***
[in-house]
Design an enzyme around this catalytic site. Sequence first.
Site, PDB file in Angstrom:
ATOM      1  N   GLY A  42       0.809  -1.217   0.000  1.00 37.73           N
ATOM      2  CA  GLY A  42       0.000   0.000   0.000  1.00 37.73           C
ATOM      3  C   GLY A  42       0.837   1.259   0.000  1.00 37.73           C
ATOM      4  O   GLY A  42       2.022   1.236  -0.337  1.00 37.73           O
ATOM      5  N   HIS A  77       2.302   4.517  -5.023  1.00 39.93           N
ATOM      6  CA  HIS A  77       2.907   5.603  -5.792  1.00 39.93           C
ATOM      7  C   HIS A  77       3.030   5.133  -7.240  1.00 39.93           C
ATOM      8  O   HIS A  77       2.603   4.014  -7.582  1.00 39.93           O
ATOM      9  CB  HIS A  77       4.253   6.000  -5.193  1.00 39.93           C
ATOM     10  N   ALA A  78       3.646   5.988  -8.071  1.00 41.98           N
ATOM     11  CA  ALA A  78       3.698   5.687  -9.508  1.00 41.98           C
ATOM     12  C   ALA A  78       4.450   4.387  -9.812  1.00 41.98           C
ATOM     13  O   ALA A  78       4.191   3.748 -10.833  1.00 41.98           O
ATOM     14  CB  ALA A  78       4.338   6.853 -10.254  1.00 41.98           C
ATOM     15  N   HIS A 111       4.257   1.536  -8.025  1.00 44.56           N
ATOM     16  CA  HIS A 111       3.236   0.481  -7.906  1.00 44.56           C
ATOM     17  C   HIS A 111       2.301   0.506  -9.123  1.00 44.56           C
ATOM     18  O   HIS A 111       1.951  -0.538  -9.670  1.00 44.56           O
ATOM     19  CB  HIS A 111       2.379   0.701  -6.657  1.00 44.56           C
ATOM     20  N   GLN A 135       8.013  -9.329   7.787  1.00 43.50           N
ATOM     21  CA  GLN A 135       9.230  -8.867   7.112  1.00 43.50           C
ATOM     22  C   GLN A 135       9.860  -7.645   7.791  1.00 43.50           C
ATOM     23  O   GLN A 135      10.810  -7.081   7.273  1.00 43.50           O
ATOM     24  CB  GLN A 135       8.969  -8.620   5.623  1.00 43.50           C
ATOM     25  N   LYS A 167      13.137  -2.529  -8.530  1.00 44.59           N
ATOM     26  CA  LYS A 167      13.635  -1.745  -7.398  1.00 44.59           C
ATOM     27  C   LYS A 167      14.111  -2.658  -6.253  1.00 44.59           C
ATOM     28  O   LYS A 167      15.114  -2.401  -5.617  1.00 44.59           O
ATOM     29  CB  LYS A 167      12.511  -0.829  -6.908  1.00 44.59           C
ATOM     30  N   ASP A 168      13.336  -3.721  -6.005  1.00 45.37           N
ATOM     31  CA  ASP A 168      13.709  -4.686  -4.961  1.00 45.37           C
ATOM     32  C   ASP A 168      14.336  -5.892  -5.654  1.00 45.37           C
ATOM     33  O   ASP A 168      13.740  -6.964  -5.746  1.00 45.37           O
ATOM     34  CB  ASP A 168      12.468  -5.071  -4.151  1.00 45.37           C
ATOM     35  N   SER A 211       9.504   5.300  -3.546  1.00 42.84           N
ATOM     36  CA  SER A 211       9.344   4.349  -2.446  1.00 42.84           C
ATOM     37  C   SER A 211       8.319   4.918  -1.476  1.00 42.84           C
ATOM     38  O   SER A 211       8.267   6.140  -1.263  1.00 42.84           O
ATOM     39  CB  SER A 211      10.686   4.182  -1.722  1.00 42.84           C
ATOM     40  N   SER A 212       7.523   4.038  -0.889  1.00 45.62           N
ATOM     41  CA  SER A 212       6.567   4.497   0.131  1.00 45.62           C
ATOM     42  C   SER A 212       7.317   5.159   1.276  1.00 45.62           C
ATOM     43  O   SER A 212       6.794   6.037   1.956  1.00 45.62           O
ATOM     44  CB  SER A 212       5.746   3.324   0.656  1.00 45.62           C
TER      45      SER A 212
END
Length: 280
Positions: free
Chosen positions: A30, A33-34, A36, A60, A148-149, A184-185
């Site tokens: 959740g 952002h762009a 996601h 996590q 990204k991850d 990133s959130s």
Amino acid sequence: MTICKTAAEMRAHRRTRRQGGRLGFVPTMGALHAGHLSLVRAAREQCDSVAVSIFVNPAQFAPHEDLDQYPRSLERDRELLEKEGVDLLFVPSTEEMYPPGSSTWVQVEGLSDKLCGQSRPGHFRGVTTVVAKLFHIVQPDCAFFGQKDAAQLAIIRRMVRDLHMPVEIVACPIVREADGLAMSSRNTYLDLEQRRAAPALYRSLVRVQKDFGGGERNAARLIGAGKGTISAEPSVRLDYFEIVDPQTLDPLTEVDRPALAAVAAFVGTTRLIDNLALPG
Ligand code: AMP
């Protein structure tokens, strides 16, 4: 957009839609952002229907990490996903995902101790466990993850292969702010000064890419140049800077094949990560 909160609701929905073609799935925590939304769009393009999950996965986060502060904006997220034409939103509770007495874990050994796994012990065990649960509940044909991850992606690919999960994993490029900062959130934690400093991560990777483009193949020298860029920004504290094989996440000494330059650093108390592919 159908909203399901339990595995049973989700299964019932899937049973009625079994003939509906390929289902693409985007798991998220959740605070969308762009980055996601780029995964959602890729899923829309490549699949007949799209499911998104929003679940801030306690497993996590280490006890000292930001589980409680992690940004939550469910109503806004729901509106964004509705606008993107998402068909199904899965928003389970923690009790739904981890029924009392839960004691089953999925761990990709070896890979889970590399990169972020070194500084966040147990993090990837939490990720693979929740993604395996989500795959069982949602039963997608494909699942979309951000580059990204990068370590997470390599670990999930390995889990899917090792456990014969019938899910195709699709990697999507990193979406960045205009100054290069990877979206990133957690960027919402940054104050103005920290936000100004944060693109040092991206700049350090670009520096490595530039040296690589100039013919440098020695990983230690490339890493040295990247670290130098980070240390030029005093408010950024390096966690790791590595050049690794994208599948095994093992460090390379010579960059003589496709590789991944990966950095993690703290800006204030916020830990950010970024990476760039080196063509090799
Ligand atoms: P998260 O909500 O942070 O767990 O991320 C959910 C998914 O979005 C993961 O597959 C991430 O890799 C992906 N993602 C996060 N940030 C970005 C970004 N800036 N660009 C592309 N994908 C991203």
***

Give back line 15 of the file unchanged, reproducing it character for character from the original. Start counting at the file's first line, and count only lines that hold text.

ATOM     12  C   ALA A  78       4.450   4.387  -9.812  1.00 41.98           C